Thursday, August 31, 2006

Rulers and ghosts

Was it Shakespeare who wrote, "The world is but a stage, and we are all actors"? It certainly was not the Wizard who coined this phrase The Wizard is anything but a plagiarist. Having made this pithy remark, let us examine the characters who determine our lives on the stage of the Middle East. Lebanon concerns us most.

We have Emile Lahoud, the President of the Lebanese Republic, as consumate an actor as they come, especially when he starts delivering homilies on nationalism, resistance, solidarity and loyalty. Other than loyalty to Syria which had out hum on the Presidential chair, we doubt whether he understands the true meaning of the terms he uses. Where would he have learnt them; not as Admiral of the one patrol boat which Lebanon owns. To his credit, he seems to have a good tailor.

We have Prime Minister Fouad Siniora, a battling cock and an expert helmsman, judging from the way he has navigated Lebanon through the worst crisis of its existence. One question comes up, again and again : why is it that over the past sixty years of independence, no one has seen fit to train and equip the Lebanese army with modern arms and equipment ?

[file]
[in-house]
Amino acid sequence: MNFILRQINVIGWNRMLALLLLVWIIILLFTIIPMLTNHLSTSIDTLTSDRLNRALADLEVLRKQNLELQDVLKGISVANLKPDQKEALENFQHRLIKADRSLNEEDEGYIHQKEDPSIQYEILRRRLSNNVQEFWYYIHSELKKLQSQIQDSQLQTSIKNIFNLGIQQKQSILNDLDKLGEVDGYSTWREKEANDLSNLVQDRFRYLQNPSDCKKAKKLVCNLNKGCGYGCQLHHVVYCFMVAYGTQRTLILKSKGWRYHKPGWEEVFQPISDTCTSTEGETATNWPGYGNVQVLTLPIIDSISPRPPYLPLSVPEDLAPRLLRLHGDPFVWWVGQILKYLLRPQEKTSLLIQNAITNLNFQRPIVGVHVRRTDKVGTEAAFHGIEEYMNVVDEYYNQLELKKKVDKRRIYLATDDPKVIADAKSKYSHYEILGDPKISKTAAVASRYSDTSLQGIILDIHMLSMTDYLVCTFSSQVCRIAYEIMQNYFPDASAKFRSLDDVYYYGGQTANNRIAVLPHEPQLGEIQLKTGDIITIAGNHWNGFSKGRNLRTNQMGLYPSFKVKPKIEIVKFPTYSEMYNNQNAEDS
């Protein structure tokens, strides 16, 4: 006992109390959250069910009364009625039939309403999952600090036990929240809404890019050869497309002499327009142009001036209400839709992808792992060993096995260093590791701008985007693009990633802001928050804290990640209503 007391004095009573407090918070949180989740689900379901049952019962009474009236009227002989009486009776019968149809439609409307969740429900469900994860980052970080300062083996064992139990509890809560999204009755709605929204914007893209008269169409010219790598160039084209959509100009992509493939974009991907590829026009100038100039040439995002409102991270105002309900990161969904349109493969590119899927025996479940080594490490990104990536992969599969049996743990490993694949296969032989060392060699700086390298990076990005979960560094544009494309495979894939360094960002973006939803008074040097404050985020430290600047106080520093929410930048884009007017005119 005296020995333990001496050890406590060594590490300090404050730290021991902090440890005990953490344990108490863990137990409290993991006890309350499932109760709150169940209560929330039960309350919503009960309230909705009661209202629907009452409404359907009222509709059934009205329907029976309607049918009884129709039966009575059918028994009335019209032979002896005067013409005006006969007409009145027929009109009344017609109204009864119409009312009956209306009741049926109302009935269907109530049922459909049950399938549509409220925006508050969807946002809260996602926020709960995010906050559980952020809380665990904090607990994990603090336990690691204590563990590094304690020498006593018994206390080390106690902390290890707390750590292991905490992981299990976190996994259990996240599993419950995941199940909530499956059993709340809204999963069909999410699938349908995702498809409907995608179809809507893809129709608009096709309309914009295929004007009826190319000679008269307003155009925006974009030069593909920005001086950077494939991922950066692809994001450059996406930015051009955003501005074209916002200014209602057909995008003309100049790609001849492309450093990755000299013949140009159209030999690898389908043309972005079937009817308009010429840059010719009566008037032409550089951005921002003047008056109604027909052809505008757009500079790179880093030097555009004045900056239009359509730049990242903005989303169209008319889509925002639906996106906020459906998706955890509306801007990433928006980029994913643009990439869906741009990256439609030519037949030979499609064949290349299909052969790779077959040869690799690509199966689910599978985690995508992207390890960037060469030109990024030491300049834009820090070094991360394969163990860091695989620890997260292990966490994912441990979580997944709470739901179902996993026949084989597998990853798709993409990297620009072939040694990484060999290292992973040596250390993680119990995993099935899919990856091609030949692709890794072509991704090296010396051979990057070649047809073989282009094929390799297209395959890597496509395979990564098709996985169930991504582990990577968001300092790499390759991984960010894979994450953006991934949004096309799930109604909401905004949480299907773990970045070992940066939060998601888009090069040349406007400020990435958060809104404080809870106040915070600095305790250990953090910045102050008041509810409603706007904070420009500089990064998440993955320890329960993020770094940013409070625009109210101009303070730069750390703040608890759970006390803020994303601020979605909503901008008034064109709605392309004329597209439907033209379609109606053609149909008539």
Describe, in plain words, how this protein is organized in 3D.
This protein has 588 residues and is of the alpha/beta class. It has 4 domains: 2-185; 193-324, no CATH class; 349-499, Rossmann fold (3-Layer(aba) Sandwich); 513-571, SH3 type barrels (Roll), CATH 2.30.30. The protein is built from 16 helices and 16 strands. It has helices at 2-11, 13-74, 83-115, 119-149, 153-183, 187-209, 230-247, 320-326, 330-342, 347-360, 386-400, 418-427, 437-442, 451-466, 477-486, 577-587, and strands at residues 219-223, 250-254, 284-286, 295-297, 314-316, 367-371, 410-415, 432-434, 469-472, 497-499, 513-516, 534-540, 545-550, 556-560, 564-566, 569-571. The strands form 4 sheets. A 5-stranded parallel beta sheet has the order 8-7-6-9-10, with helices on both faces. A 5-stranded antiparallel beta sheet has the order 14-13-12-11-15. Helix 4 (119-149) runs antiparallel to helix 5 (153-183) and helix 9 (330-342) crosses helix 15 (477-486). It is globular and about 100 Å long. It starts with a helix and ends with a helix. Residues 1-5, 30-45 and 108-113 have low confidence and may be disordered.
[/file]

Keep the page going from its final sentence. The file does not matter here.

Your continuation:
On the Lebanese stage, we should not forget Nabih Berri, the Speaker of the House, who has been able with machiavilian dexterity, to manouver himsel into a fourth term in office, a remarkable feat in the annals of democratic Government. He is referred to as "al Istaz" with emphasis on the first two letter letters "Is" of his name. This term means lawyer or teacher. One or the other, he has shown himself to be a master of the game. Before we get to the recent leading actor, Sheikh Hassan Nasrallah, we must stop at Mukhtara, the 19th century residence of Walid Jumblatt. With his beak of a nose, his white dome of a head, framed between two thatches of matty hair, he resembles a species of the avian world. As leader of the esoteric Druze community, he rules over a large area of Mount Lebanon, where his word is law. He has made no secret of his opposition and contempt for the Syrian Regime of Bashar el Assad and his Alawite cronies, all members of a hermitical sect of Islam who seized and have remained in power in Syria for the past thirty years. He has branded the Regime as assassins, and for cause, having assassinated his father Kamal Bey, not to mention other assassinations attributed to their agents.